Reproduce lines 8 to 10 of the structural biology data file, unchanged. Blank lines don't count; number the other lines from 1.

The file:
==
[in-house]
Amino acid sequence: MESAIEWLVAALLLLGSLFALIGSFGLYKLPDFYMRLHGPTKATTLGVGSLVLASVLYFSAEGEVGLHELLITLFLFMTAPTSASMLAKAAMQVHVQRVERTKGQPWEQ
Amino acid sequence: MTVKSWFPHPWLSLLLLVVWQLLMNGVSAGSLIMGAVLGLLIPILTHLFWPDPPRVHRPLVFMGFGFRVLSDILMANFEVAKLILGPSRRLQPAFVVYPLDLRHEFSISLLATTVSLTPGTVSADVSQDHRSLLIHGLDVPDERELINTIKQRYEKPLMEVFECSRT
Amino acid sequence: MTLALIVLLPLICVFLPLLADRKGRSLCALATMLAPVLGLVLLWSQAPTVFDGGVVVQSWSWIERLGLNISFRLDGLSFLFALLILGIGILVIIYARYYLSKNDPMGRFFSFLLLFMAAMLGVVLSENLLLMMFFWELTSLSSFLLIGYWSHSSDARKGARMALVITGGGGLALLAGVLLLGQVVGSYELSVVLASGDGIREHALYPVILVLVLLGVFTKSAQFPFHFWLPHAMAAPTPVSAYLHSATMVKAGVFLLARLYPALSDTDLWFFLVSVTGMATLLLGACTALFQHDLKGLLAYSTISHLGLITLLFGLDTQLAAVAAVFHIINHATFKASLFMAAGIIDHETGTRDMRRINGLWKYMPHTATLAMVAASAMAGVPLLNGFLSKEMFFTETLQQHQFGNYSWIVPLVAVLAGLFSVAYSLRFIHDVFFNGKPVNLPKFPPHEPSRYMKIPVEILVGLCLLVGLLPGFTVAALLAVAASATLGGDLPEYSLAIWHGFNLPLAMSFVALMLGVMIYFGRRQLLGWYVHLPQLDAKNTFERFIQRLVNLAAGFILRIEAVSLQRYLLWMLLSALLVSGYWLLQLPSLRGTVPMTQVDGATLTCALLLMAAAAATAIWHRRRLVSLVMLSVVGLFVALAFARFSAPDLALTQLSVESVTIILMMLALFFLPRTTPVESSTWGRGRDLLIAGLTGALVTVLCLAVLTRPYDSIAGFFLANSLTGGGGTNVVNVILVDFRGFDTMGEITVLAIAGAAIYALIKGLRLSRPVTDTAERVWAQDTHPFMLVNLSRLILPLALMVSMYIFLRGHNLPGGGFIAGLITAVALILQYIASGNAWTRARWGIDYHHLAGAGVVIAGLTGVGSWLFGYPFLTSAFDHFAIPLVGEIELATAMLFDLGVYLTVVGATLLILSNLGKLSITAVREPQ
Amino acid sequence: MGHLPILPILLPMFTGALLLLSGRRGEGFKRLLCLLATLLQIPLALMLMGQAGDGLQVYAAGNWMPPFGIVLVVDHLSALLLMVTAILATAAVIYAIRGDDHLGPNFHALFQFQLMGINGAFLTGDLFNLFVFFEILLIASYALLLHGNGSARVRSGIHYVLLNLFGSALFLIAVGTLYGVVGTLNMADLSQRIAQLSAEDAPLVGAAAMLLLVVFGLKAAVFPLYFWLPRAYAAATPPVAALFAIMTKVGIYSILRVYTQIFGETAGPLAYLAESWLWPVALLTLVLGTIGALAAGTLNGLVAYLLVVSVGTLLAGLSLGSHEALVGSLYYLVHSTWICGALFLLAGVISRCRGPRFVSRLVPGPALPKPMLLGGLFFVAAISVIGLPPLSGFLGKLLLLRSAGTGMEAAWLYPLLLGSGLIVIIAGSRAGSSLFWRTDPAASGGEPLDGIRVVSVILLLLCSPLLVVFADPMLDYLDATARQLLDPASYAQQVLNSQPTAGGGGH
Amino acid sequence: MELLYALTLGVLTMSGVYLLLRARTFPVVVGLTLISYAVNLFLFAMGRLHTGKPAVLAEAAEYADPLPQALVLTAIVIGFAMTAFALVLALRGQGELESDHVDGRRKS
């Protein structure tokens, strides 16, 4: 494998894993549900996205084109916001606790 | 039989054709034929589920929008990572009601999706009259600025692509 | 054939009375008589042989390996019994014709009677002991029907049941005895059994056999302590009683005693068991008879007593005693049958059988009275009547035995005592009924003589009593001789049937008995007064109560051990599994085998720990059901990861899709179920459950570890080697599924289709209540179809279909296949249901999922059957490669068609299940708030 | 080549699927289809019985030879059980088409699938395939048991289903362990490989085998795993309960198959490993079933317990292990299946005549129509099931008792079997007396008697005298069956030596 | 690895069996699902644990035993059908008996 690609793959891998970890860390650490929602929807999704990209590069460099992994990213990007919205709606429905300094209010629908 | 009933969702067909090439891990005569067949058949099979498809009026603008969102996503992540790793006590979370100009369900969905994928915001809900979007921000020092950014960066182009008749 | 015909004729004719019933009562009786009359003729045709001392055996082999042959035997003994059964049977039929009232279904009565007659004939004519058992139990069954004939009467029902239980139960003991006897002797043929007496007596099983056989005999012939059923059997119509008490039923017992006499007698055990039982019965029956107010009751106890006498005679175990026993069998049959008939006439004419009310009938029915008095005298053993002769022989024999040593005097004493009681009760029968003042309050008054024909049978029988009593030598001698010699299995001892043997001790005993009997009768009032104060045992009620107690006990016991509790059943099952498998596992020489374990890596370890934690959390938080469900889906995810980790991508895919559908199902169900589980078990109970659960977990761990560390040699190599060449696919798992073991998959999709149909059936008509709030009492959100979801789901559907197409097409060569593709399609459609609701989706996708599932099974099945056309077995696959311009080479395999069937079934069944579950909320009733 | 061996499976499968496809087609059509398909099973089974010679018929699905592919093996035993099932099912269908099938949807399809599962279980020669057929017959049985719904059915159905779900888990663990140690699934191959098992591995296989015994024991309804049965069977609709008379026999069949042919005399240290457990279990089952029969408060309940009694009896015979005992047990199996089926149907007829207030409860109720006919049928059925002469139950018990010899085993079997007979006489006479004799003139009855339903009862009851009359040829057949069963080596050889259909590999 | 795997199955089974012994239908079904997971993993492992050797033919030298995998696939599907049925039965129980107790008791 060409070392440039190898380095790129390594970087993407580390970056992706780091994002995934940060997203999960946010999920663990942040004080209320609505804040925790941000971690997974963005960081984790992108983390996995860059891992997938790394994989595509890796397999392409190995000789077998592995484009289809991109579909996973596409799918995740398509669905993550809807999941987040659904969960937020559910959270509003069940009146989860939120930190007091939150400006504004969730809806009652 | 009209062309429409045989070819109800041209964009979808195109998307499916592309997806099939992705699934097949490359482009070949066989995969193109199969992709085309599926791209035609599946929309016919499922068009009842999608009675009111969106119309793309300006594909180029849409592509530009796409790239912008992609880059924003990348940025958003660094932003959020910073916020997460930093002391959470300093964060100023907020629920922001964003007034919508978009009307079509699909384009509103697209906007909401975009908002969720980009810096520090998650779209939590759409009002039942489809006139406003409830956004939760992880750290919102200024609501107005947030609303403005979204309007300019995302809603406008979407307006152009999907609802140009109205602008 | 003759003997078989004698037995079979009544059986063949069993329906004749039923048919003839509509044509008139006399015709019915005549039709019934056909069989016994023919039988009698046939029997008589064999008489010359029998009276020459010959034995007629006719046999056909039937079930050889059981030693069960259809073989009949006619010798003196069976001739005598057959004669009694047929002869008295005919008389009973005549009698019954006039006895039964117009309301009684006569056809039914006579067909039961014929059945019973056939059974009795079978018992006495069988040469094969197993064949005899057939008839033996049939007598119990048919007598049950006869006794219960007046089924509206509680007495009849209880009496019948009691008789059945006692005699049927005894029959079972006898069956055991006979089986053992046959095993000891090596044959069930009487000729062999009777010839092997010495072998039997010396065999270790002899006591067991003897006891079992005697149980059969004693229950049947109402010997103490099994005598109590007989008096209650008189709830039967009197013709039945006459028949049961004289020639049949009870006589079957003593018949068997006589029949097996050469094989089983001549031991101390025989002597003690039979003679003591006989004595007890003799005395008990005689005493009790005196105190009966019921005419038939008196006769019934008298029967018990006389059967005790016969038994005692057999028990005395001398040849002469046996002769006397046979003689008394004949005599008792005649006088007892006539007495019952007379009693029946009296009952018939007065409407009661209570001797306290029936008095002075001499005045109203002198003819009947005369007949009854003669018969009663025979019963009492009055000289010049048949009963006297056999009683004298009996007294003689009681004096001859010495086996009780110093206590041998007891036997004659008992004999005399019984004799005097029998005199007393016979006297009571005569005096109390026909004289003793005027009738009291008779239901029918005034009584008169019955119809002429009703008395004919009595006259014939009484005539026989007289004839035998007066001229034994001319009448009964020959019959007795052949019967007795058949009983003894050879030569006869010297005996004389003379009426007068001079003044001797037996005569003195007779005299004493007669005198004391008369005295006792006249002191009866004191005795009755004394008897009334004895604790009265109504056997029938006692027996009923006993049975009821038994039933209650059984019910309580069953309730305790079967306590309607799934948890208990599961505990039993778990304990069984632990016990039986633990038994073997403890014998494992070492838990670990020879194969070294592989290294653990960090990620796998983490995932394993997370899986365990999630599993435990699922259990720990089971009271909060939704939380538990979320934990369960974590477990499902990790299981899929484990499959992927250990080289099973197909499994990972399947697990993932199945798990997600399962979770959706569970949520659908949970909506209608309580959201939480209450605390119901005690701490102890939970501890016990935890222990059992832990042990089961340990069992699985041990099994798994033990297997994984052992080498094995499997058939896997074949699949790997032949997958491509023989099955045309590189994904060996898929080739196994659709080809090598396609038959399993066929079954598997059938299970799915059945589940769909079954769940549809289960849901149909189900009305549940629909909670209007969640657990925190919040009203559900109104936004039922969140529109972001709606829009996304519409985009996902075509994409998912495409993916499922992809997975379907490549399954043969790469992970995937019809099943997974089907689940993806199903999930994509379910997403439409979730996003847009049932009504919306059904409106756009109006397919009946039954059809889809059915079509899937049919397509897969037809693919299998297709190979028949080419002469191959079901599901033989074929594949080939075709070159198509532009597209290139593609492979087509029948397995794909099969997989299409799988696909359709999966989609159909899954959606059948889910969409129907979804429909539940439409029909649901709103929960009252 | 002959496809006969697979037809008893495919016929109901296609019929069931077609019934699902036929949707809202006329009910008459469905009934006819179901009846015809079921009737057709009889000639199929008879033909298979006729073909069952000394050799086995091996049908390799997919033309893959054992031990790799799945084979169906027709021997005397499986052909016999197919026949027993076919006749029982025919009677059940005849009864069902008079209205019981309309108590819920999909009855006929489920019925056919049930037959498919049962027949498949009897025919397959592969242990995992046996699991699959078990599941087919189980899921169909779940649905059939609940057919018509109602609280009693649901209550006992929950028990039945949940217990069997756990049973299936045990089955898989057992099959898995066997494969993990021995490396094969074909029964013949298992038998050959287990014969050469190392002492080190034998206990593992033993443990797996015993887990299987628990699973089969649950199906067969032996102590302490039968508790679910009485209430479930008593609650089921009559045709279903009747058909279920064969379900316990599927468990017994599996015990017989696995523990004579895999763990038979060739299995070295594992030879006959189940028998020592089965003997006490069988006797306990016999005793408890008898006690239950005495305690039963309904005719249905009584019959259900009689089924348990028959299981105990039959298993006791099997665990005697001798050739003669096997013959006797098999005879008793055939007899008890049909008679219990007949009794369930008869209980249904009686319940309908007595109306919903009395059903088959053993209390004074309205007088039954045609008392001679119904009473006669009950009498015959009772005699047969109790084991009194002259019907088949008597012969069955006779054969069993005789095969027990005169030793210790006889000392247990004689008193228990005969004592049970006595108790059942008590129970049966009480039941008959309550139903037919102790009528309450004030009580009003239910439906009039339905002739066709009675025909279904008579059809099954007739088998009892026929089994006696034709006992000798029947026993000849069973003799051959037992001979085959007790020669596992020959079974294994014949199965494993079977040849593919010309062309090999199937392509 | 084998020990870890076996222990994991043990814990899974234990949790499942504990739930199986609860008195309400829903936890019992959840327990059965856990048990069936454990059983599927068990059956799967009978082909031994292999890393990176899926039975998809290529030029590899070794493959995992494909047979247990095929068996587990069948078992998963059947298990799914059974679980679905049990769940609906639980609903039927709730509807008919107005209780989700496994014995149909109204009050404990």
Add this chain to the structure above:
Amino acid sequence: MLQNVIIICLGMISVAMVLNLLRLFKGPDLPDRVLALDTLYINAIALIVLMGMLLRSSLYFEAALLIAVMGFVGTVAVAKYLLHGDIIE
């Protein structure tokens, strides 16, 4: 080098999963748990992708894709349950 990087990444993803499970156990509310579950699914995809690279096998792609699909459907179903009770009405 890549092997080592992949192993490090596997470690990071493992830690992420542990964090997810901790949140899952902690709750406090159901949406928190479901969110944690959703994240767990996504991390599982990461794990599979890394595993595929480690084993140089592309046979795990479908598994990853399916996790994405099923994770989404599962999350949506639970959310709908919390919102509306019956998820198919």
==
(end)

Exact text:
Add this chain to the structure above:
Amino acid sequence: MLQNVIIICLGMISVAMVLNLLRLFKGPDLPDRVLALDTLYINAIALIVLMGMLLRSSLYFEAALLIAVMGFVGTVAVAKYLLHGDIIE
């Protein structure tokens, strides 16, 4: 080098999963748990992708894709349950 990087990444993803499970156990509310579950699914995809690279096998792609699909459907179903009770009405 890549092997080592992949192993490090596997470690990071493992830690992420542990964090997810901790949140899952902690709750406090159901949406928190479901969110944690959703994240767990996504991390599982990461794990599979890394595993595929480690084993140089592309046979795990479908598994990853399916996790994405099923994770989404599962999350949506639970959310709908919390919102509306019956998820198919």